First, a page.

If you want to read something truly silly, check out the coverage of a recent report from the European Council on Foreign Relations about problems in the transatlantic relationship. To me, it almost sounds like the introduction to a Dr. Phil episode:
European governments’ desires to gratify the US rob the EU of influence. A number of European nations – including the UK, the Netherlands and Portugal – like to think they have a ’special relationship’ with the US which works better for them than any collective approach. They deploy different strategies to ingratiate themselves with Washington in a competition for American favour. The result is a frustrated US and an uninfluential Europe: Europe has 30,000 troops in Afghanistan yet virtually no say in strategy.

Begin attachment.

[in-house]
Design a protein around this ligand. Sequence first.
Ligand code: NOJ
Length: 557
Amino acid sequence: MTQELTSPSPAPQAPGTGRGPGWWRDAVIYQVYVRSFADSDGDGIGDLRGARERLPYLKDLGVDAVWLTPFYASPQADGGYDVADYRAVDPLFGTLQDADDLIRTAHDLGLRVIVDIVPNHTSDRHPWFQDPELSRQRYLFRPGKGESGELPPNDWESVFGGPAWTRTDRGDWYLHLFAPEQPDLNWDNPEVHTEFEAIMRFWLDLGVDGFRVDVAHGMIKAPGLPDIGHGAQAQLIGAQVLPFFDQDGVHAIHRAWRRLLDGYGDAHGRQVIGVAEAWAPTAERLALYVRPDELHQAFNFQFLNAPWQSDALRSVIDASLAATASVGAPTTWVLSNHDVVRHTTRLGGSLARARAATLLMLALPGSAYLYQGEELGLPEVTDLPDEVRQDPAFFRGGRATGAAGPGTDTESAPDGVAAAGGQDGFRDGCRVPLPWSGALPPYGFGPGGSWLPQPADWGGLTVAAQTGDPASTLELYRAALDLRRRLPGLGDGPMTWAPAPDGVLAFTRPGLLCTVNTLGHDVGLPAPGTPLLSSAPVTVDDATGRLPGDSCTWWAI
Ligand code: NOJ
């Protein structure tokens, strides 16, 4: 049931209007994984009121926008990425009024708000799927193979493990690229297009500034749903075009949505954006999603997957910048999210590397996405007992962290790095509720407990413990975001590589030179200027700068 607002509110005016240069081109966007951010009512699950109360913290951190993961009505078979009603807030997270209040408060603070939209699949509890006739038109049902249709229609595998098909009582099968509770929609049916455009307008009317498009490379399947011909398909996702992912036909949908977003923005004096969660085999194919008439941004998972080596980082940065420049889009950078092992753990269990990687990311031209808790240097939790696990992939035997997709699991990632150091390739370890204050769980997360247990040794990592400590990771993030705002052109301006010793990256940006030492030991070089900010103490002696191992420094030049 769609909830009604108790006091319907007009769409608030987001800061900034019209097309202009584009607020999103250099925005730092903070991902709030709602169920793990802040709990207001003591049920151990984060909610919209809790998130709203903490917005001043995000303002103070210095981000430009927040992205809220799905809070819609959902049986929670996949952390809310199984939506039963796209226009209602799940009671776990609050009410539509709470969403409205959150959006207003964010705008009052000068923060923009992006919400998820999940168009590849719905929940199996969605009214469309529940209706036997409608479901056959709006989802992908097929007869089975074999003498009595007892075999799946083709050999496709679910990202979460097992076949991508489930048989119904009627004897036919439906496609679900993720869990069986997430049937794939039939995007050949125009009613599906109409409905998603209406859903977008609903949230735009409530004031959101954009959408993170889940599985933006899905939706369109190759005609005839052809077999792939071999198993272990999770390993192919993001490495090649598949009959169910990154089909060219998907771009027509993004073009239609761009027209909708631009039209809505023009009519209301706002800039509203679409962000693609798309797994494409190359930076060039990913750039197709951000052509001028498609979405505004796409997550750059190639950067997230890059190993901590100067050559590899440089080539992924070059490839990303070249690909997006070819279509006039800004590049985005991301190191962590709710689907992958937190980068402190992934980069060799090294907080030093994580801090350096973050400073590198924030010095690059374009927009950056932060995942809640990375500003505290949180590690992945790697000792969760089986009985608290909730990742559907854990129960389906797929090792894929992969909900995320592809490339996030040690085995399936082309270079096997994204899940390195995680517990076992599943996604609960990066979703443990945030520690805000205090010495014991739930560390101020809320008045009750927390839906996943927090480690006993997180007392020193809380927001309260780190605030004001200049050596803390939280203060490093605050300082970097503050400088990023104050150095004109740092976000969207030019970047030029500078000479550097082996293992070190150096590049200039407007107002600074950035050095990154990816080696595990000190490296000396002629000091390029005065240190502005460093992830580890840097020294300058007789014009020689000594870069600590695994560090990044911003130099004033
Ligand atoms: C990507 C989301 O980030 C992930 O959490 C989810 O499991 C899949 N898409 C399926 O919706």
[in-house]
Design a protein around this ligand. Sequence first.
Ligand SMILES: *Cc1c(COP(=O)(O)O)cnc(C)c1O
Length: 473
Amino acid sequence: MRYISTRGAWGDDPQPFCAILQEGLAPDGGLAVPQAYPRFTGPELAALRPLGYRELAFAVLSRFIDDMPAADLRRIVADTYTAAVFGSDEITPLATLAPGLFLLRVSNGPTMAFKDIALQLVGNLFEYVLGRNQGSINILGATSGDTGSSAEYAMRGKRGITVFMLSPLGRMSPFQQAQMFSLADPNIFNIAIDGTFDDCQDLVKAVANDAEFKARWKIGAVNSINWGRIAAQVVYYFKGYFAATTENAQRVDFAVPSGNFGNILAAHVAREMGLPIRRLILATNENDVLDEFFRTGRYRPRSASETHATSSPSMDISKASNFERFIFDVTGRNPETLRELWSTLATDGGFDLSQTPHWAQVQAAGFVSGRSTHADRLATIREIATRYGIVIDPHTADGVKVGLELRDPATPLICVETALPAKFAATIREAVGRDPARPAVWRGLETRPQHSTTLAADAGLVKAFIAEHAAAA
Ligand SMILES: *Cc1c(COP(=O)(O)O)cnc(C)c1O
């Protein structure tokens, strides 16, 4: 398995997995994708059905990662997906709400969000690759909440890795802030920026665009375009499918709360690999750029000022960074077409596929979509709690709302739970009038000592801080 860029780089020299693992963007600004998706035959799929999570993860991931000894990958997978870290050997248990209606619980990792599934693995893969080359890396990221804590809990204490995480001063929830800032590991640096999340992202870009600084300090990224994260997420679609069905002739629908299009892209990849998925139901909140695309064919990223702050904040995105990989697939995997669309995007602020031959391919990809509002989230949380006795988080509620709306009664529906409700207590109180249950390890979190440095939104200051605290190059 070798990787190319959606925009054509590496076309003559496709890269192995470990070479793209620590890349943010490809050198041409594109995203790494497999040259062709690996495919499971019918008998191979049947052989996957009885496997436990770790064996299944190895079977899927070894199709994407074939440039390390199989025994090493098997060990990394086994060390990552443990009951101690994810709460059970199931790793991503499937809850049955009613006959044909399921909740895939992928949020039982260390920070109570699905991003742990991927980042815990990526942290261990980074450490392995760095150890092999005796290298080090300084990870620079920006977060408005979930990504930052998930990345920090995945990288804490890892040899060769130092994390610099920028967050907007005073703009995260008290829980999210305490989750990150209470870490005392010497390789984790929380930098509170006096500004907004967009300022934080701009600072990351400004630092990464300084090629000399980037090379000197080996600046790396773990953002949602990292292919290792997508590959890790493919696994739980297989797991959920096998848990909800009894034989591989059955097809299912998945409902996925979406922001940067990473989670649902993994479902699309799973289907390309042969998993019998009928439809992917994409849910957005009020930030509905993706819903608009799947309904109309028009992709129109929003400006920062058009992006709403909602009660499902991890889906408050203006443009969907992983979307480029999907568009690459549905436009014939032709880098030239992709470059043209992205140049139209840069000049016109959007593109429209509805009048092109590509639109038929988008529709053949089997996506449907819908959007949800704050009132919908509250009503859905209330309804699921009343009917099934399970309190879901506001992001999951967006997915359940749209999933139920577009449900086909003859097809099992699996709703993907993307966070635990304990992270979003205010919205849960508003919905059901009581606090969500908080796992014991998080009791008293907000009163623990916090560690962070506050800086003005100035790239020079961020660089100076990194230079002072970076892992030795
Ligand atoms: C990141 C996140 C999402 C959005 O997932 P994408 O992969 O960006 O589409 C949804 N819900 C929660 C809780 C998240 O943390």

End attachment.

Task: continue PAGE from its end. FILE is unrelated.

The US needs strong partners in a world that it no longer dominates. It knows it can turn to China on the economy and Russia on nuclear disarmament. In comparison, Washington is disappointed with Europe and sees EU member states as infantile: responsibility shirking and attention seeking.
The US would prefer a more united EU, but expects so little that it cannot bring itself to greatly care. When the EU is hard-headed, as with trade negotiations, the US listens. When it is not, Europeans are asking to be divided and ruled.